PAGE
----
James Fallows is a national correspondent for The Atlantic and has written for the magazine since the late 1970s. He has reported extensively from outside the United States, and once worked as President Carter's chief speechwriter. His latest book, China Airborne, was published in early May. More
James Fallows is based in Washington as a national correspondent for The Atlantic. He has worked for the magazine for nearly 30 years and in that time has also lived in Seattle, Berkeley, Austin, Tokyo, Kuala Lumpur, Shanghai, and Beijing. He was raised in Redlands, California, received his undergraduate degree in American history and literature from Harvard, and received a graduate degree in economics from Oxford as a Rhodes scholar. In addition to working for The Atlantic, he has spent two years as chief White House speechwriter for Jimmy Carter, two years as the editor of US News & World Report, and six months as a program designer at Microsoft. He is an instrument-rated private pilot. He is also now the chair in U.S. media at the US Studies Centre at the University of Sydney, in Australia.
Fallows has been a finalist for the National Magazine Award five times and has won once; he has also won the American Book Award for nonfiction and a N.Y. Emmy award for the documentary series Doing Business in China. He was the founding chairman of the New America Foundation. His two most recent books, Blind Into Baghdad (2006) and Postcards From Tomorrow Square (2009), are based on his writings for The Atlantic. His latest book, China Airborne, was published in early May. He is married to Deborah Fallows, author of the recent book Dreaming in Chinese. They have two married sons.
As Clinton loses caucus states, she keeps saying they favor Obama, and so does the press. The press in particular says that the caucuses reward greater organization. Whether or not that is so, and whether or not Obama is better organized than Clinton, the fact is that NEITHER candidate was that well organized for the WA caucuses (see my note below), and I suspect Obama was not for Maine.
The dispatch goes on to say that the point is not at all to belittle Obama's organizers. Rather, it's this: that at least in Washington, the contest appeared to have moved beyond the strict get-out-the-vote, nuts-and-bolts marshaling of resources, attrition-style warfare and onto some different level. (I have removed a few personally identifying details from the note):
REDLANDS, Calif. — The most trenchant symbol of the California presidential primary can be found on an isolated stretch of Interstate 15, smack in the middle of the Mojave Desert. There, affixed to an old trailer, is possibly the largest candidate billboard in the entire state, and it is for the Republican fringe candidate, Ron Paul.
Why did I notice?
1) Redlands is where I grew up and where my dad still lives, and it doesn't get that much national ink. So, great!
2) Redlands is not "smack in the middle of the Mojave Desert." To put this in terms that might resonate with the NYT copy desk, this would be like saying: White Plains is smack in the middle of the Adirondacks. More or less in the same part of the country? Yes. In the middle of? Not hardly.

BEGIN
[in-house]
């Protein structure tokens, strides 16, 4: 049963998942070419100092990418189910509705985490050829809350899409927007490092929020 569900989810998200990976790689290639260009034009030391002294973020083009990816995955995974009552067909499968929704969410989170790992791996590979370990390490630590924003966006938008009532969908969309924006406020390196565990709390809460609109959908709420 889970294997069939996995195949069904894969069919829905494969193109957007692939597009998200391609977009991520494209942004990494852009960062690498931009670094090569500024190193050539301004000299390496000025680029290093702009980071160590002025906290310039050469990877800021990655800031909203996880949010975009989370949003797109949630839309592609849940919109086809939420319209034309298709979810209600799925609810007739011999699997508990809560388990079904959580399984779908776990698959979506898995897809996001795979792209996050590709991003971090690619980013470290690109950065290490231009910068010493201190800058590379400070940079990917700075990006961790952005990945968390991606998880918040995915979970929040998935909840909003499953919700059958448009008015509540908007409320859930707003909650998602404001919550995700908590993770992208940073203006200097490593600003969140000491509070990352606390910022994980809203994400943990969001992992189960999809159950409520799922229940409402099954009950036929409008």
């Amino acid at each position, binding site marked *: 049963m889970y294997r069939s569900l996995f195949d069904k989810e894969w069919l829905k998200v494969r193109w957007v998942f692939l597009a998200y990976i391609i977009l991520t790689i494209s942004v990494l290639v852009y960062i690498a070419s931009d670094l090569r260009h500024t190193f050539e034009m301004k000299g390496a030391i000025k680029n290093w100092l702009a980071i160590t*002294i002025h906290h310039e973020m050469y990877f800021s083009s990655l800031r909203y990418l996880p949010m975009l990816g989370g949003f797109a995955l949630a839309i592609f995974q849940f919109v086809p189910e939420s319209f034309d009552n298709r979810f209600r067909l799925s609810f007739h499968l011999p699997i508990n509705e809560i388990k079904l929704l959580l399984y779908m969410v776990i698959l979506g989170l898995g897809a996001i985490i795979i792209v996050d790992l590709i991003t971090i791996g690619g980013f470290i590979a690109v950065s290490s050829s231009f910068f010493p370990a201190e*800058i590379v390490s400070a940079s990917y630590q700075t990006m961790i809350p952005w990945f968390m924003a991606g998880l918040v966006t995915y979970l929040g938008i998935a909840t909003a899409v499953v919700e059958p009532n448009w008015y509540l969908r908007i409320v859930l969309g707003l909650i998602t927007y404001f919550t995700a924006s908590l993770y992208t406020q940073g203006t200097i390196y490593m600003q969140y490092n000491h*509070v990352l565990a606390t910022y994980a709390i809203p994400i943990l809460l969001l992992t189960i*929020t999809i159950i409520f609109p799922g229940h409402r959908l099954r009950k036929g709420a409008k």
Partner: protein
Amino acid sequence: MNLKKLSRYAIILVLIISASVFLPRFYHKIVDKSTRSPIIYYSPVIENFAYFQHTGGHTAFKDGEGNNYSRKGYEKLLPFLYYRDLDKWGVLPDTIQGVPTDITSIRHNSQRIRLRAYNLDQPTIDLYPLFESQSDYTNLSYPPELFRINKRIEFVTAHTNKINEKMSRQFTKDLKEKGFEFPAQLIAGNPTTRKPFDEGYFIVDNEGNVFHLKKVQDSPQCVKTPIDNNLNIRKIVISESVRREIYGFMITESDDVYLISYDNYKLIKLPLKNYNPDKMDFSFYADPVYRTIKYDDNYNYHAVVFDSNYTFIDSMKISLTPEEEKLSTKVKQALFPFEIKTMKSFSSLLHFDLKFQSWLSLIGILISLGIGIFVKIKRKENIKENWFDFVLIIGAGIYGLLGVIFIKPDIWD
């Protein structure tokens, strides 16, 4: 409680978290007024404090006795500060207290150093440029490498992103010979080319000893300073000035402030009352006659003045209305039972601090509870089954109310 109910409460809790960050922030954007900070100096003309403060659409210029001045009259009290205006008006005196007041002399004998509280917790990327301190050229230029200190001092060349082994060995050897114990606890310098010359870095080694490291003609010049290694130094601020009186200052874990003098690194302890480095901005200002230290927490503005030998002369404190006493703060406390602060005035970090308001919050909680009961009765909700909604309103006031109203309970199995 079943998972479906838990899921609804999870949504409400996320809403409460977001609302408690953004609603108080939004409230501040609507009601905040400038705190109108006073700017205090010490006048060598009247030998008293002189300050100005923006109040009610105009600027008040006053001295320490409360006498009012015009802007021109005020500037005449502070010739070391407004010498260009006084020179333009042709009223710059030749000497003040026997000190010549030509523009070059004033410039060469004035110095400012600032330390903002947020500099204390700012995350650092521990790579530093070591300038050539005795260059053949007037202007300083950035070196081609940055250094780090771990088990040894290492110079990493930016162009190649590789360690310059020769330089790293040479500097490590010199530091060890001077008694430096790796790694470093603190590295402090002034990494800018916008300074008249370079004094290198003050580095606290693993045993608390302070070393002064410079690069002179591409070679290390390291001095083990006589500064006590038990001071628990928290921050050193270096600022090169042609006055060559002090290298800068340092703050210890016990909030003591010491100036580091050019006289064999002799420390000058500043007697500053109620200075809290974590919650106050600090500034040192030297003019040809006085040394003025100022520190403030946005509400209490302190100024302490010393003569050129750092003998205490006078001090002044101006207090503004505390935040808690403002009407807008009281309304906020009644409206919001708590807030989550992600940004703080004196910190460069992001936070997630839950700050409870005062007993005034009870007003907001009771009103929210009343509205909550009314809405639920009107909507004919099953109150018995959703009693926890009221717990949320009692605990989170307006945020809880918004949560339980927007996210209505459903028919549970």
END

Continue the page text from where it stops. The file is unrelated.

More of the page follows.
3) Interstate 10 passes through Redlands. Interstate 15? Unt-uh -- at its closest point 15 or 20 miles away.
Maybe the writer was talking about some other place? Fine. But (not that I want to look a hometown gifthorse in the mouth), why this dateline? On to weighter matters another time. Update: Fellow son-of-Redlands Brian Beutler observed the same phenomenon on his blog. Seriously, wasn't sloppiness about datelines one of the complaints about the NYT during the wild and woolly days of Howell Raines? I'm sure what happened in this case was the following: the Ron Paul sign in question was probably someplace on I-15 en route to Barstow, which is in the middle of the Mojave Desert and which is the heartland of Paul-type libertarian/survivalist sentiment. And for the Times's purposes, it was no doubt all close enough to fit under a 40-miles-away dateline. On the other hand: Bill Keller, the NYT's editor, went to college right in this same area and presumably would have known better if he had seen the story. That's all on this subject.
Bush's 2008 State of the Union address, annotated by The Atlantic's James Fallows
"If somebody needs me to go do something [for the party], and nobody else can do it, I'll go do it." He pointed out that he had appeared at more than a hundred fundraising events for the party and its candidates in 2002. 'I'd like for my direct political involvement to go way down ..."Full transcript of the interview is here. Passages from the resulting cover story, "Post President for Life," come after the jump.
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|Blind into Baghdad||Boiled-frog|
|Brave little USB||Budget|
|China Airborne||China Daily|
|China Menace||China Today|
|Copenhagen||Crisis of the press|
|Doing Business in China||Dreaming in Chinese|
|Going to hell|
|Ideas 2009||Ideas 2011|
|Obama||Obama in Asia|
|Occupy Wall Street||Olympics|
|Public health||Reader comment|
|Security Sanity||Security Theater|
|Self-pity and its discontents||Small Business|
|Volcano||Walk like an American|
|Wine||Year end pensee|
The tech-industry veteran Linda Stone on how to pay attention
In his reprise as governor, he's been as ruthlessly practical as he's been reflective,…
James Fallows talks with space entrepreneur Eric Anderson about the next wave of space exploration.